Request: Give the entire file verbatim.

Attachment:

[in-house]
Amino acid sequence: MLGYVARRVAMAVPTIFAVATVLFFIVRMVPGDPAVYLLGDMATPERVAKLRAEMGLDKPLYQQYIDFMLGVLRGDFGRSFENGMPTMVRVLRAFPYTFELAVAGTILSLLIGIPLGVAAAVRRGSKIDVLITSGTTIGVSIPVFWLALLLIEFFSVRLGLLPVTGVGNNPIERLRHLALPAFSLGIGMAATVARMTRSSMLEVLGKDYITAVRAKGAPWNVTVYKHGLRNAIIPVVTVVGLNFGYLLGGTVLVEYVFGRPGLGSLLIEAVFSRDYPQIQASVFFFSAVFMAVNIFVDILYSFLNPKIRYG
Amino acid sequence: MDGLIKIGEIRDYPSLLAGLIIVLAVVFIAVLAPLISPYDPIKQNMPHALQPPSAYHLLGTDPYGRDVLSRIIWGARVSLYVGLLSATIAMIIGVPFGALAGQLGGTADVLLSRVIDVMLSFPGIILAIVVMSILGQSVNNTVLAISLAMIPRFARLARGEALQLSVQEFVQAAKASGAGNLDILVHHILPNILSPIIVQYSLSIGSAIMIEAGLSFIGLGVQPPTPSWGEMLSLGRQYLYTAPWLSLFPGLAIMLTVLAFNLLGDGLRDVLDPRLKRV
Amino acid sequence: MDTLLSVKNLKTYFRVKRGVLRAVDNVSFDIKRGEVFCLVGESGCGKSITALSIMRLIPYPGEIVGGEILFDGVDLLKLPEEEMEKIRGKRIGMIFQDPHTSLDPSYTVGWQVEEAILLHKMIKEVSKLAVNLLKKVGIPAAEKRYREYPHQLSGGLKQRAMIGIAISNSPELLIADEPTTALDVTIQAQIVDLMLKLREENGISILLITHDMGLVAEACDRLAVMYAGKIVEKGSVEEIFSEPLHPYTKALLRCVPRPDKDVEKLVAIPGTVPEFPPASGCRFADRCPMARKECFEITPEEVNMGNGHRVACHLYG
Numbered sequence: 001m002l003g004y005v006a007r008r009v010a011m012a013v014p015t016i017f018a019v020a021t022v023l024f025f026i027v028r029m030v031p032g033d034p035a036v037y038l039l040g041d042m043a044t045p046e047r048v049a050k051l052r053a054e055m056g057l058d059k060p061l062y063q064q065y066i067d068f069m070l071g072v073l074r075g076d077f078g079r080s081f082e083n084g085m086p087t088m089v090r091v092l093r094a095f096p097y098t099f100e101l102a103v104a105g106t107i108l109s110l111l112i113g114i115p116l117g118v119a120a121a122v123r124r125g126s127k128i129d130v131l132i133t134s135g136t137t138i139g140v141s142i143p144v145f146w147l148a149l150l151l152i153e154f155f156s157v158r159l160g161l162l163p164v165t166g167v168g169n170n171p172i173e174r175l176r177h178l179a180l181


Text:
[in-house]
Amino acid sequence: MLGYVARRVAMAVPTIFAVATVLFFIVRMVPGDPAVYLLGDMATPERVAKLRAEMGLDKPLYQQYIDFMLGVLRGDFGRSFENGMPTMVRVLRAFPYTFELAVAGTILSLLIGIPLGVAAAVRRGSKIDVLITSGTTIGVSIPVFWLALLLIEFFSVRLGLLPVTGVGNNPIERLRHLALPAFSLGIGMAATVARMTRSSMLEVLGKDYITAVRAKGAPWNVTVYKHGLRNAIIPVVTVVGLNFGYLLGGTVLVEYVFGRPGLGSLLIEAVFSRDYPQIQASVFFFSAVFMAVNIFVDILYSFLNPKIRYG
Amino acid sequence: MDGLIKIGEIRDYPSLLAGLIIVLAVVFIAVLAPLISPYDPIKQNMPHALQPPSAYHLLGTDPYGRDVLSRIIWGARVSLYVGLLSATIAMIIGVPFGALAGQLGGTADVLLSRVIDVMLSFPGIILAIVVMSILGQSVNNTVLAISLAMIPRFARLARGEALQLSVQEFVQAAKASGAGNLDILVHHILPNILSPIIVQYSLSIGSAIMIEAGLSFIGLGVQPPTPSWGEMLSLGRQYLYTAPWLSLFPGLAIMLTVLAFNLLGDGLRDVLDPRLKRV
Amino acid sequence: MDTLLSVKNLKTYFRVKRGVLRAVDNVSFDIKRGEVFCLVGESGCGKSITALSIMRLIPYPGEIVGGEILFDGVDLLKLPEEEMEKIRGKRIGMIFQDPHTSLDPSYTVGWQVEEAILLHKMIKEVSKLAVNLLKKVGIPAAEKRYREYPHQLSGGLKQRAMIGIAISNSPELLIADEPTTALDVTIQAQIVDLMLKLREENGISILLITHDMGLVAEACDRLAVMYAGKIVEKGSVEEIFSEPLHPYTKALLRCVPRPDKDVEKLVAIPGTVPEFPPASGCRFADRCPMARKECFEITPEEVNMGNGHRVACHLYG
Numbered sequence: 001m002l003g004y005v006a007r008r009v010a011m012a013v014p015t016i017f018a019v020a021t022v023l024f025f026i027v028r029m030v031p032g033d034p035a036v037y038l039l040g041d042m043a044t045p046e047r048v049a050k051l052r053a054e055m056g057l058d059k060p061l062y063q064q065y066i067d068f069m070l071g072v073l074r075g076d077f078g079r080s081f082e083n084g085m086p087t088m089v090r091v092l093r094a095f096p097y098t099f100e101l102a103v104a105g106t107i108l109s110l111l112i113g114i115p116l117g118v119a120a121a122v123r124r125g126s127k128i129d130v131l132i133t134s135g136t137t138i139g140v141s142i143p144v145f146w147l148a149l150l151l152i153e154f155f156s157v158r159l160g161l162l163p164v165t166g167v168g169n170n171p172i173e174r175l176r177h178l179a180l181